When someone comes along and makes a non-attributable statement, for example: 'Dr Znogof is a butcher', or 'Daytime TV is rubbish', the person states a point of view, an opinion - nothing more, nothing less - using his/her words to enunciate/describe the opinion. Opinions do not equal facts and any speaker who tries to divorce themselves from their opinions attempts to delude both themselves and others about the nature of reality. When this occurs the reader should simply issue a reminder of the actual nature of the ongoing process by PARAPHRASING what the speaker has said and feeding it back in the form, for example: 'So you say, that in your opinion... ...Dr Znogof is a butcher.' (Putting such questions as if in the manner of seeking clarification makes them appear non-confrontational.) Tagging a phrase on the end of the speaker's sentence such as: ' your opinion' has the same effect - but can make for a slightly more confrontational form. See below for some phrases suitable for use in undeleting a speaker.

2.2 Speaker 'Undeleting' Phrases
So in your view, You think, You think that, According to you, You say that, In your view, From your point of view, In your opinion, The way you see it, You think that, You say, You feel, According to your conditioning, The way you see it, You feel that, The way you think, You hold that, You assume that, You say that, So you say, From your perspective, According to your map of the world, By your reckoning, You figure that, In your observation, By your measure, You hold, You claim that, You allege that, You reckon, You hold that, You assert that, In your mind, You suggest that, You imagine that, You assume that, In your judgement, You suppose that, From your frame of reference, From your outlook, You believe,You hold the idea that, You believe that, You have the conviction that, You postulate that,
The design of these phrases is such that:
a) the speaker gets re-attached to his/her statement/thoughts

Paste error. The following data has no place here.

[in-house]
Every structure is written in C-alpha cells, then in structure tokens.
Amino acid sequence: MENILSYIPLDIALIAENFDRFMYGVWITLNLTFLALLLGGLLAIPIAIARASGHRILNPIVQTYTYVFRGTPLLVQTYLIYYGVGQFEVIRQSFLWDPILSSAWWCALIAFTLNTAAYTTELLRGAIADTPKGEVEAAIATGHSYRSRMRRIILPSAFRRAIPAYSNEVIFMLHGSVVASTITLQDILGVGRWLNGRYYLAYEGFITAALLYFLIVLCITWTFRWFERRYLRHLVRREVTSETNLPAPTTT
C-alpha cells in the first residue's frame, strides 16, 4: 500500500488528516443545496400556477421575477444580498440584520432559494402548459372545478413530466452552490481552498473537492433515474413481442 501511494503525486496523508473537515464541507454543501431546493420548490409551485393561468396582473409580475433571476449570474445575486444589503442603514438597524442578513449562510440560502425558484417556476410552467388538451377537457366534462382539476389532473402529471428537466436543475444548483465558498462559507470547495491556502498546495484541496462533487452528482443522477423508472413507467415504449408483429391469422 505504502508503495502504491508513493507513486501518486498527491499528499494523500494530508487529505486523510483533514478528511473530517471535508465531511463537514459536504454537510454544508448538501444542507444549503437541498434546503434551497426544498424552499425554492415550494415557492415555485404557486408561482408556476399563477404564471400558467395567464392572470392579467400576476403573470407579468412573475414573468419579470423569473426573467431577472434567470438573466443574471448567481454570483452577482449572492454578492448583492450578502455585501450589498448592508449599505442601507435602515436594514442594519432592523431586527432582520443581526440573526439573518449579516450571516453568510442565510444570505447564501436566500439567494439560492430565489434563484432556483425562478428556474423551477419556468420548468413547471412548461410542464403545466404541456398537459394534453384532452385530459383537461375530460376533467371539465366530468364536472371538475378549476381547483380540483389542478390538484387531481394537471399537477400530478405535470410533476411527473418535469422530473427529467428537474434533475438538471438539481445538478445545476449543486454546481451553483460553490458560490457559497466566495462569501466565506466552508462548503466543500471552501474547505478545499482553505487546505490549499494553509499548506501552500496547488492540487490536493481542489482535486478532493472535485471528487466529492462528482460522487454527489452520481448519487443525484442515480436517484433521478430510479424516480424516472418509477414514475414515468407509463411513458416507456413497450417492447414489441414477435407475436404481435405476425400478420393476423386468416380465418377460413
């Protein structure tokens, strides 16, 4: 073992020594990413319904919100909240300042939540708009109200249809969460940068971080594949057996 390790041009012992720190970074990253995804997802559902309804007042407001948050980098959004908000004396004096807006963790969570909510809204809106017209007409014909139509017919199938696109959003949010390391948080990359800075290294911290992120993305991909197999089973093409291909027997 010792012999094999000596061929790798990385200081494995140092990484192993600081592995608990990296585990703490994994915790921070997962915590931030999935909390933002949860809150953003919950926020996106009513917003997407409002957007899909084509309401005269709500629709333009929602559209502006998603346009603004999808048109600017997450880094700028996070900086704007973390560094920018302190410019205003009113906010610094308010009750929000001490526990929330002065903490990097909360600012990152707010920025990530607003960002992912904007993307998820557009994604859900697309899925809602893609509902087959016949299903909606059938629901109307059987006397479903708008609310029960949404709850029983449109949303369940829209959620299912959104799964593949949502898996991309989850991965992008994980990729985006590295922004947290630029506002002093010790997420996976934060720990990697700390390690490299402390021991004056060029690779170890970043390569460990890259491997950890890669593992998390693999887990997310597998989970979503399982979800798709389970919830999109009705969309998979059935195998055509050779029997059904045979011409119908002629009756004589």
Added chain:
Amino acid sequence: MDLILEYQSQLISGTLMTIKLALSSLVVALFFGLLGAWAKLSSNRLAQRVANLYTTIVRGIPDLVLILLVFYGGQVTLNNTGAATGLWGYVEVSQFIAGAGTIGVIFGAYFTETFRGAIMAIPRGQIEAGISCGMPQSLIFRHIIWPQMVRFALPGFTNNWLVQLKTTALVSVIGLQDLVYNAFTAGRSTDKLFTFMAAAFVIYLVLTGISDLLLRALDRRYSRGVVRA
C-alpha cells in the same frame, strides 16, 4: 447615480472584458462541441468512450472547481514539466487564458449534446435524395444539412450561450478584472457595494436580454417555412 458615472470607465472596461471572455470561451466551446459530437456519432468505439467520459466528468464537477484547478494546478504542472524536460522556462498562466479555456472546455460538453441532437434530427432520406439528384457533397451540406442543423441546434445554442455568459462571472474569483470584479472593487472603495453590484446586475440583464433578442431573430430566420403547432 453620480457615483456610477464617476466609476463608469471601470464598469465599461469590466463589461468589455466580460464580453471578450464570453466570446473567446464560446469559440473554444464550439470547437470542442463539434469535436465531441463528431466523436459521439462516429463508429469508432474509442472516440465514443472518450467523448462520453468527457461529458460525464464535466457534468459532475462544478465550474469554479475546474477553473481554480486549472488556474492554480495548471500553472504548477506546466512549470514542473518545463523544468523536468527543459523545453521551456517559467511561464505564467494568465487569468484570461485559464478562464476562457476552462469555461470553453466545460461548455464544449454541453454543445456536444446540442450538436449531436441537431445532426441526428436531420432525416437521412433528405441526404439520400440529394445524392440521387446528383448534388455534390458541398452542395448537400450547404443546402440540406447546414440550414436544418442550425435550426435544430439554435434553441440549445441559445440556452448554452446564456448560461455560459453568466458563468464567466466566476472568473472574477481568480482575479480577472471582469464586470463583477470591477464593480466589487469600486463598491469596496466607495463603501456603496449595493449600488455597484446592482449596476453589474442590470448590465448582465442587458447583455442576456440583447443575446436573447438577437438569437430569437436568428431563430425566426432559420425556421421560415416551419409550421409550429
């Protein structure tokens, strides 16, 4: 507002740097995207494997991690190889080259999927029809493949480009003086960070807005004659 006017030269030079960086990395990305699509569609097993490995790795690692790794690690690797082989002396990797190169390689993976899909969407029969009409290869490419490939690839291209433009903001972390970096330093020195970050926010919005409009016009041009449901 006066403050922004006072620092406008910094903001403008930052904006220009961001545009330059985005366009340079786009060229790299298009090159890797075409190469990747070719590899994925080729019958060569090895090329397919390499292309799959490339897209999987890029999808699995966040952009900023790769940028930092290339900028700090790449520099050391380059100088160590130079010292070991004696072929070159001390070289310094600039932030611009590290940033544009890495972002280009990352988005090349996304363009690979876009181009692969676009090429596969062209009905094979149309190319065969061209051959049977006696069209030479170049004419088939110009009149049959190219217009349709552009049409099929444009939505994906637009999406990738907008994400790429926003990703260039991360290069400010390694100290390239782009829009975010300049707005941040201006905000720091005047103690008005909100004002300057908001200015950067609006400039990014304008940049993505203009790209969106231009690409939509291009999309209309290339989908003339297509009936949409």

b) the hitherto hidden thought process becomes partially revealed
c) they all exclude dogmatic 'to be' words
The list is not exhaustive. Think of your own phrases that will fit - and, since they represent your personal 'natural' language forms - use them preferentially.

2.3 Change the Verb
Execute this step in tandem with step 2 - if possible - whilst examining the {lazy and inexact general forms which cause deletion} 'TO BE' verb(s) in the sentence supplied by the speaker and considering the possibility of a replacement with an ACTION verb (see elsewhere for a brief list of these) in the active tense. As given above, insert the replacement verb - if one exists - directly during the paraphrase stage given in step 2. If the existing verb defies replacement then reword the speaker's statement to make a replacement fit. (Note that forms of the general verbs: 'seems', 'looks', 'appears', 'acts', and 'feels' can come in handy if other verbs won't fit - but only use these as a last resort).
Irrespective of whether this overall process takes place in the paraphrase phase or not, the user/facilitator should challenge the speaker on the use of the 'TO BE' form in a manner such as: 'When you said 'TO BE' did you really mean 'replacement verb/verb phrase'? Naive/obtuse challenges deployed here open up the door for further stages in the overall process. Some various examples of this follow: